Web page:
Luffa Research Report

Seed Treatment Effects on Emergence of Luffa Sponge Gourd

Todd C. Wehner and Tammy L. Ellington

Department of Horticultural Science, North Carolina State University, Raleigh, NC 27695-7609

Cucurbit Genetics Cooperative Report 20: 63-64

Luffa (or loofah) sponge gourds (Luffa aegyptiaca Mill) are increasing in popularity in North America. However, additional research is needed to solve some of the production problems for luffa, especially in the area of seed germination. There is little published information in luffa on the effects of seed treatment on germination, or of growth regulators on sex expression. However, it would be useful to increase the germination rate of luffa seeds, which is often below 75%. It would also be useful to increase the percentage of pistillate flowers on the luffa plants for easier hybridization. Luffa and cucumbers are members of the Cucurbitaceae family. Cucumbers respond favorably to growth regulators for increasing the percentage of pistillate flowers (1, 2). The objective of this research was to determine the effects of several pre-planting treatments on seed germination and growth regulators on sex expression in luffa sponge gourds.

Six treatments were applied to ‘Fletcher’ luffa seeds prior to planting. A total of 60 seeds were used per treatment combination. The treatments included water, acetone, gibberellic acid-3 (GA3), ethephon, scarification and a control. The control consisted of untreated, dry seeds. In the water treatment, seeds were soaked in distilled, aerated water for 87 hr at 25 C. In the acetone treatment seeds were soaked for 16 hr at 25 C in acetone. In the GA3 treatment, seeds were soaked for 16 hr at 25 C in a solution of 0.1 mM GA3 plus 200 ml acetone. In the ethephon treatment seeds were soaked in 3.5 mM ethephon mixed with 200 ml acetone for 16 hr at 25 C. The scarification treatment involved shaking the seeds for 2 minutes in a 762 mm diameter closed PVC tube lined with sandpaper. After treatment application, the seeds were planted in a peatlite mix in flats in the greenhouse. Emergence data were taken two weeks after seeding.

After seedling emergence data were taken, the seedlings were transplanted into the field. Ethephon was sprayed on seedlings until runoff 0, 1, or 2 times using a rate of 100 mg/L (+4 drops Tween-20). Seedlings received either one treatment of ethephon at the first leaf stage, two treatments of ethephon at the first and third leaf stages, or no treatment (the control). As the plants were maturing, the number of pistillate nodes out of a total of twenty nodes on five plants was recorded. The data collected were analyzed using the GLM procedure of SAS.

There was a significant increase in the percentage emergence when luffa seeds were soaked in water relative to the acetone, ethephon, GA3, and scarification treatments (Table 1). However, the water treatment was not significantly different from the control. Therefore, none of the seed treatments improved the rate of emergence of the luffa seedlings, and all but the water soaking treatment made the percentage emergence worse.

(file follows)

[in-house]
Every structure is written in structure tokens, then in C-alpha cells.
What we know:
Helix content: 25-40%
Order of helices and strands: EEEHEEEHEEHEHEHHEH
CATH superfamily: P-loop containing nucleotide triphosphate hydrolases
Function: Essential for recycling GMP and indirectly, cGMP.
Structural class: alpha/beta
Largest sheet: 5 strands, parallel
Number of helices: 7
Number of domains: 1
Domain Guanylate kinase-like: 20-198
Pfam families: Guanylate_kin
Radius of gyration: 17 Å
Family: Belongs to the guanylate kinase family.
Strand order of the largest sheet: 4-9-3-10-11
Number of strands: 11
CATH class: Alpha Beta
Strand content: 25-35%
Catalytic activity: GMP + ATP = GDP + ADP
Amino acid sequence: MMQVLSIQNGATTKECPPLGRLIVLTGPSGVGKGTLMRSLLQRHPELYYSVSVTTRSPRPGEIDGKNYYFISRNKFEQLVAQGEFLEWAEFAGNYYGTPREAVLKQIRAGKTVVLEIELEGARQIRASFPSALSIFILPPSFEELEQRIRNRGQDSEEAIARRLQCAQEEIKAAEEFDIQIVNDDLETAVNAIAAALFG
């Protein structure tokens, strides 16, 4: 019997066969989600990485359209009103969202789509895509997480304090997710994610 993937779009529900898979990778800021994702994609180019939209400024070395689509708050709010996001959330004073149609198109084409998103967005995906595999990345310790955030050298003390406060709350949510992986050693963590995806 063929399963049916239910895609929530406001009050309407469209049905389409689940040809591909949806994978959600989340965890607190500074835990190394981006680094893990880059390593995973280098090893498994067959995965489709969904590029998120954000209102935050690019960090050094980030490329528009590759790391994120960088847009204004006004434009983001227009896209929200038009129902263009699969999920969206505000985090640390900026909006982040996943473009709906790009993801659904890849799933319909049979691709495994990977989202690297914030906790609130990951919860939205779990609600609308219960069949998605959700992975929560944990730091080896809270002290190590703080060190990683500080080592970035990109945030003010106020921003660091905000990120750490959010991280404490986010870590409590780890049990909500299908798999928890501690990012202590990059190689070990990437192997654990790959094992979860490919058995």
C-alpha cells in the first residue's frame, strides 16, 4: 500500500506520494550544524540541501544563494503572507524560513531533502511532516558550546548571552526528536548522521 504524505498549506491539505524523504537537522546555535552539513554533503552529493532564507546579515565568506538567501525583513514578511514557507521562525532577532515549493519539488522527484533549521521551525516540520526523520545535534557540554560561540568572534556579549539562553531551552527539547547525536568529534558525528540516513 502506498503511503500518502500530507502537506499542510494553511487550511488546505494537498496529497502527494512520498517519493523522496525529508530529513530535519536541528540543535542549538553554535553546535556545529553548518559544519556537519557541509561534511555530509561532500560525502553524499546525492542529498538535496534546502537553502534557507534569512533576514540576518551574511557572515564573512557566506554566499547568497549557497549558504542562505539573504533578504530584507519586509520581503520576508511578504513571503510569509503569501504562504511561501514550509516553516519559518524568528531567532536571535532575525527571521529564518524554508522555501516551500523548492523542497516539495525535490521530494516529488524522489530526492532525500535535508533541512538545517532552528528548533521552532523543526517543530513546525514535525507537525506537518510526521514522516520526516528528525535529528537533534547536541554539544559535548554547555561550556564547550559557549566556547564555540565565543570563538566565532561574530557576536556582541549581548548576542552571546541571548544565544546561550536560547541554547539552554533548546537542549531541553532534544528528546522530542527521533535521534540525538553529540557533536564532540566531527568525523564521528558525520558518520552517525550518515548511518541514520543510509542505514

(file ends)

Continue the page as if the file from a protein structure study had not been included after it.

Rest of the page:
Based on the tests conducted, spraying seedlings of ‘Fletcher’ luffa gourds with ethephon did not increase the percentage of pistillate flowers when the seeds had been treated with acetone, GA3, or scarification. Significant differences were found with the ethephon and water seed treatments when ethephon was applied at the first true leaf stage. The control seed treatment showed a significant increase in percentage pistillate flowers when the seedlings were not sprayed with ethephon (Table 2).

We hoped that luffa would respond to ethephon in the same way that cucumbers do. However, our experiment indicated that ethephon applied at the tested rates had no significant effect on sex expression. Similarly, none of the treatments enhanced seed emergence from the soil. Additional research is needed to identify useful treatments for improvement of seed emergence and pistillate flower production in luffa sponge gourd.

Literature Cited

1. McMurray, A.L. and C.H. Miller. 1968. Cucumber sex expression modified by 2-chloroethanephosphonic acid. Science 162:1396-1397.

2. Pike, L.M. and C.E. Peterson. 1969. Gibberellin A4/A7 for induction of staminate flowers on the gynoecious cucumber. Euphytica 18:106-109.


Table 1. Effect of seed treatments on seedling emergence in uffa sponge gourd.z

Seed treatment
Percentage emergence
Acetone
47
GA3
56
Ethephon
57
Scarification
63
Water
80
Control
72
LSD (5%)
11
CV (%)
22

z Data are means of two replications of 60 seeds each.


Table 2. Effect of seed treatments on seedling emergence in uffa sponge gourd.

Seed
Number of
Percentage
treatment
ethephon appllicationsz
pistillate nodesy
Acetone
0
17
1
16
2
15
GA3
0
17
1
18
2
20
Ethephon
0
11
1
35
2
14
Scarification
0
19
1
21
2
19
Water
0
33
1
9
2
20
Control
0
28
1
23
2
18
LSD (5%)
6
CV (%)
39

z Ethephon was applied in one of three treatments: 0=none, 1=once and 2=twice.
y Data are means of two replications of five plants, counting 20 nodes per treatment.